Comedian brings God’s humor to Livingston Saturday

Samantha Hill

Principal and comedian, God and laughs; Kyle Yamada finds a way to mix all those aspects of his life into one funny show.

Yamada, who will be at the Shane Lalani Center for the Arts on Saturday, is bringing observational humor with a Christian flare in his act, “God Has a Sense of Humor.”

After graduating from college, he went to Los Angeles to be near his sister who was an actress. He soon discovered his knack for comedy and went from there.

“A producer met me at another comedy show and said I was good. After three months, I was touring and doing stand-up.”

As Yamada got a taste of fame, he said he realized he was also engaging in more of the ‘Hollywood’ lifestyle and didn’t enjoy where that path was leading him.

He then made a change and got out of the business. Yamada got married, moved back to his home state of South Dakota and had a couple of kids.

He began teaching and is now the principal at Corral Drive Elementary in Rapid City, South Dakota. He loves his work but still had an itch to do some comedy.

“I think God wanted me to do both,” Yamada said.

A year and a half ago, with a little help from his family and the Lord, he began doing stand-up again, visiting Montana, the Dakotas, Colorado and Nebraska once a month, in what he calls a “broken tour.”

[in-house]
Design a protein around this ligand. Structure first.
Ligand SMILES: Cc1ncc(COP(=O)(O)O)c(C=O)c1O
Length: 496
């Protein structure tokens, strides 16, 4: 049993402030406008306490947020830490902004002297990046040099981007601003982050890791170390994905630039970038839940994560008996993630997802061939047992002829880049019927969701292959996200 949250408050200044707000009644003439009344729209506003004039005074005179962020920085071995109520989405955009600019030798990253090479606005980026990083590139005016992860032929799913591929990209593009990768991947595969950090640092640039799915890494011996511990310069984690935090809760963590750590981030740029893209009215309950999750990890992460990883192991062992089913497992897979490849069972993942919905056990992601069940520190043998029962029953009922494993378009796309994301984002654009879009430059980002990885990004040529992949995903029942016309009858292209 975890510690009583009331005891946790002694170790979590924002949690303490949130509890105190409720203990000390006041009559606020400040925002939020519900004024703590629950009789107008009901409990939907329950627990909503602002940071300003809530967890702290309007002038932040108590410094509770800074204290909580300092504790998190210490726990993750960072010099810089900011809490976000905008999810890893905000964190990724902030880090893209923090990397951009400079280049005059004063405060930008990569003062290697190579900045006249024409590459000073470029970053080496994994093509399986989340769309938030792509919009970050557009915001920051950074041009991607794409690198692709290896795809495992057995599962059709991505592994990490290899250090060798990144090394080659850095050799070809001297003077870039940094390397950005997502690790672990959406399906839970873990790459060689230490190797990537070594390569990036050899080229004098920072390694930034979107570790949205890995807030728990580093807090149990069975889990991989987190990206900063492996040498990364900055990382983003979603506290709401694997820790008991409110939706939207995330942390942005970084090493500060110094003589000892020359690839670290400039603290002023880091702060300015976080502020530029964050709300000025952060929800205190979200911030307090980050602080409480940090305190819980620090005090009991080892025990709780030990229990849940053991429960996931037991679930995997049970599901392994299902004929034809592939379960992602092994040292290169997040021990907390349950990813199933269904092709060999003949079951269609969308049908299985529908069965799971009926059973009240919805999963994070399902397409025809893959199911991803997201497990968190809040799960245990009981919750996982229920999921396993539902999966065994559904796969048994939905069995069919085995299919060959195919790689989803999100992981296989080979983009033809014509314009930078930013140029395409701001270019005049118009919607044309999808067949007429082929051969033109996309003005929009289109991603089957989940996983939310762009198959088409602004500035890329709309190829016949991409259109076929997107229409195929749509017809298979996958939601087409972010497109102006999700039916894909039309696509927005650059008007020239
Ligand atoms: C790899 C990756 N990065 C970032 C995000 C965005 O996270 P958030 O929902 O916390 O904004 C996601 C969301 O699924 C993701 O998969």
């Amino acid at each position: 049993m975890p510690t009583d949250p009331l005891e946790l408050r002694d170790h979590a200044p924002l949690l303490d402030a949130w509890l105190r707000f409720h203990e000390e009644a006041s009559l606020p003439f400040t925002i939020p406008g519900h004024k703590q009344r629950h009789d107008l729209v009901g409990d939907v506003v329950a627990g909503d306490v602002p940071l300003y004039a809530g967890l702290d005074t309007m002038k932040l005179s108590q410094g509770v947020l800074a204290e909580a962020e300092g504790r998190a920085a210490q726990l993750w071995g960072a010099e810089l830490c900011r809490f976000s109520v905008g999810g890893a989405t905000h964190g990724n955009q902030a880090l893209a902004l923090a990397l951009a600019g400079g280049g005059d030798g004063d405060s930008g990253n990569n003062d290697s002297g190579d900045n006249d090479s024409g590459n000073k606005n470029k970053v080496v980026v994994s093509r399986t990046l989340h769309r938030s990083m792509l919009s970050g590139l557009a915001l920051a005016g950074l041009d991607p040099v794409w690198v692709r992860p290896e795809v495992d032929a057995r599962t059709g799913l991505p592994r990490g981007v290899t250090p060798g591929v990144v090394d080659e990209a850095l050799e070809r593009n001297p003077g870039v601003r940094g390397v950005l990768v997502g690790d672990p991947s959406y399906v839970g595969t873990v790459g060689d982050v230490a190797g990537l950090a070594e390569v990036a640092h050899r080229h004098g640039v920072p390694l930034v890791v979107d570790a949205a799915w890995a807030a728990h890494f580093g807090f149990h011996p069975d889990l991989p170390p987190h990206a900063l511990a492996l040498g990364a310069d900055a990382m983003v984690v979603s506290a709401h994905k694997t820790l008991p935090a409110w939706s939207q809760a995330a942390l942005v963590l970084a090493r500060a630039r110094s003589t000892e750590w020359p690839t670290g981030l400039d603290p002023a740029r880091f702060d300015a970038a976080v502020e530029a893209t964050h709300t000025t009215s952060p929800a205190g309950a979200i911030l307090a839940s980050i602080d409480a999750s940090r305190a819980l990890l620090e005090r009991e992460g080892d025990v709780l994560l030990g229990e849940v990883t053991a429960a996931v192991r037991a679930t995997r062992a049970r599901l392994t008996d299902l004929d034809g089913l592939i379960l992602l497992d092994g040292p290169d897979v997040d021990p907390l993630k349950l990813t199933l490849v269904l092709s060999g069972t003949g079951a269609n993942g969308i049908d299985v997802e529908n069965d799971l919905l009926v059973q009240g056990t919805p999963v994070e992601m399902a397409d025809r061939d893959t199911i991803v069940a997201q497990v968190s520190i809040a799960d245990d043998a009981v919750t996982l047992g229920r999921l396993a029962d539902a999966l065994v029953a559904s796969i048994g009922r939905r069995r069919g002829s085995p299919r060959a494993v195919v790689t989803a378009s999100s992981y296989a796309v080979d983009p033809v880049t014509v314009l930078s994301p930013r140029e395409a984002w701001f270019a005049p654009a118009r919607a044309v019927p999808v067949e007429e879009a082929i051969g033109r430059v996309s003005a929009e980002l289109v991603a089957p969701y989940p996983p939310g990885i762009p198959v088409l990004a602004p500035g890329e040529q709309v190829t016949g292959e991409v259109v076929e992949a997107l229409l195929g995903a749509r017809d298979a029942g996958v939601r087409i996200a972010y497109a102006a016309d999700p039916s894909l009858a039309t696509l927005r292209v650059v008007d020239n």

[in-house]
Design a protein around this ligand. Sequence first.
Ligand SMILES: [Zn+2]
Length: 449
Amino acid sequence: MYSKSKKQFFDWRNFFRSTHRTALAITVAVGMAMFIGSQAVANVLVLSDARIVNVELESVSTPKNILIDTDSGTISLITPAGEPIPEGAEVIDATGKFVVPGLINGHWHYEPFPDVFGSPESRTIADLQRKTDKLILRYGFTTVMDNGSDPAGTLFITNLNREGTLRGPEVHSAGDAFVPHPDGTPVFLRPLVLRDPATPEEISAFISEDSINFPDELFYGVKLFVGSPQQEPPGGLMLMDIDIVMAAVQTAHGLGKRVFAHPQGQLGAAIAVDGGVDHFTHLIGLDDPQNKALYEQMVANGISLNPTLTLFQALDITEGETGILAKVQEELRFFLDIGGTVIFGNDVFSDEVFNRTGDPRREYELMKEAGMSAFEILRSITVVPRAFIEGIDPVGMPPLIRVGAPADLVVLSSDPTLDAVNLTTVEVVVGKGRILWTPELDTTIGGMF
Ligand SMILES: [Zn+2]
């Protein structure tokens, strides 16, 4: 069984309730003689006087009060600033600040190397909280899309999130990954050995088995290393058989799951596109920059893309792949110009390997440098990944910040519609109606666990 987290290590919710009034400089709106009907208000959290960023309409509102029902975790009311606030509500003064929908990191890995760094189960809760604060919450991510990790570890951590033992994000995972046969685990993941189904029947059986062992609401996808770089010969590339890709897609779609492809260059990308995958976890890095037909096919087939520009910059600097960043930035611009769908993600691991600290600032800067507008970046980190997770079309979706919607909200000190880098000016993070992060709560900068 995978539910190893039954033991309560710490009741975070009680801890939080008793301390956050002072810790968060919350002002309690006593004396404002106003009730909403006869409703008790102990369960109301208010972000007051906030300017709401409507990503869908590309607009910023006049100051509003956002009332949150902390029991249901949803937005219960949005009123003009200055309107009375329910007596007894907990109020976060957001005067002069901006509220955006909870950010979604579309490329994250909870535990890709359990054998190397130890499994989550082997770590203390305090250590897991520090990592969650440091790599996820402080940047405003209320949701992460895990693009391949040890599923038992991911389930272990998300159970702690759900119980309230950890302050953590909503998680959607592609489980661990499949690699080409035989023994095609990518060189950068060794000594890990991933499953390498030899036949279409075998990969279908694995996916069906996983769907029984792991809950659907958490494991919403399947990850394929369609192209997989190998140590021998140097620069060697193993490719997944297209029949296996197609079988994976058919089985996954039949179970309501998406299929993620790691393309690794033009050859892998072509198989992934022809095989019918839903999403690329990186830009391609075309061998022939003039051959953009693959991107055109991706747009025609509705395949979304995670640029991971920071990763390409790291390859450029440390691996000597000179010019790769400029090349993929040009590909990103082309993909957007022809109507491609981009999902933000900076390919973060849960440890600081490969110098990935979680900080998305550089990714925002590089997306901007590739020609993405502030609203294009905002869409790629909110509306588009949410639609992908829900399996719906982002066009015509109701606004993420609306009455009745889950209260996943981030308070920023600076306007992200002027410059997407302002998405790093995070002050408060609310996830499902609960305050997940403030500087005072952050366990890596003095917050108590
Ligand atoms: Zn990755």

Yamada said some of his humor stems from his old routines but has shifted slightly to fit more with his current life. He also pulls material from his experiences such as being part white, part Japanese and living in the midwest.

“It seems like people from L.A. get it but people from the midwest really seem to like it because its their life,” he said.  

He is a minister and that plays a part in his act. Yamada said he believes God does in fact have a sense of humor and that is why men and women are so different.

Music will also accompany the show.

Yamada said he has been able to balance both sides of his life thus far but may need to make some choices in the future if the balance becomes too difficult.

“My family has helped a lot with this balance,” he said.

However for now, he is happy to have the kids at his school ask him for jokes.

“They say ‘Hey I heard you did an act this weekend, you should tell me a joke,’ and I always say ‘I will only tell you a joke, if you do your work’,” he chuckled. “It is a really good way to get them back to work.”

The show will be at 7:30 p.m. at the Dulcie Theater at the Shane Center Saturday.

Tickets are $16 and may be booked at (605)415-3628 or